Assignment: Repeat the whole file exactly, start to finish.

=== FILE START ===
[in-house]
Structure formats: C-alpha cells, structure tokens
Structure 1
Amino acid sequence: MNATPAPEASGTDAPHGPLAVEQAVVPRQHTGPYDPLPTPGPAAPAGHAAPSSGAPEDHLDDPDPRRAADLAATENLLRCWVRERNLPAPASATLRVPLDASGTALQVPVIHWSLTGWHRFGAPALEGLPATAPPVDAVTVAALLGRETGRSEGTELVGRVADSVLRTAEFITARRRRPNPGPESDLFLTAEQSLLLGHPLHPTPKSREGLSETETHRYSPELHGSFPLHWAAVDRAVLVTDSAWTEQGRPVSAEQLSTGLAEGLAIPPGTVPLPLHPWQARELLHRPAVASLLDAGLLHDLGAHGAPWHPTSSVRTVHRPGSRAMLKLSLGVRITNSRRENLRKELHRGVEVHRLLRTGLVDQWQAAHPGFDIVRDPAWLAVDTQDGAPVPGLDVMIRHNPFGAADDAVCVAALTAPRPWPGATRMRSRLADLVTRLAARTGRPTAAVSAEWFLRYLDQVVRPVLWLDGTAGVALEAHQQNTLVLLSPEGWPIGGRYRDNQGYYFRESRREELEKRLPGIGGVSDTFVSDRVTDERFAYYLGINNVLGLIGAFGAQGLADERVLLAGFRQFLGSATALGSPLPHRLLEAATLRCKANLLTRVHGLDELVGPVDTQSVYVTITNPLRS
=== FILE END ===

[in-house]
Structure formats: C-alpha cells, structure tokens
Structure 1
Amino acid sequence: MNATPAPEASGTDAPHGPLAVEQAVVPRQHTGPYDPLPTPGPAAPAGHAAPSSGAPEDHLDDPDPRRAADLAATENLLRCWVRERNLPAPASATLRVPLDASGTALQVPVIHWSLTGWHRFGAPALEGLPATAPPVDAVTVAALLGRETGRSEGTELVGRVADSVLRTAEFITARRRRPNPGPESDLFLTAEQSLLLGHPLHPTPKSREGLSETETHRYSPELHGSFPLHWAAVDRAVLVTDSAWTEQGRPVSAEQLSTGLAEGLAIPPGTVPLPLHPWQARELLHRPAVASLLDAGLLHDLGAHGAPWHPTSSVRTVHRPGSRAMLKLSLGVRITNSRRENLRKELHRGVEVHRLLRTGLVDQWQAAHPGFDIVRDPAWLAVDTQDGAPVPGLDVMIRHNPFGAADDAVCVAALTAPRPWPGATRMRSRLADLVTRLAARTGRPTAAVSAEWFLRYLDQVVRPVLWLDGTAGVALEAHQQNTLVLLSPEGWPIGGRYRDNQGYYFRESRREELEKRLPGIGGVSDTFVSDRVTDERFAYYLGINNVLGLIGAFGAQGLADERVLLAGFRQFLGSATALGSPLPHRLLEAATLRCKANLLTRVHGLDELVGPVDTQSVYVTITNPLRS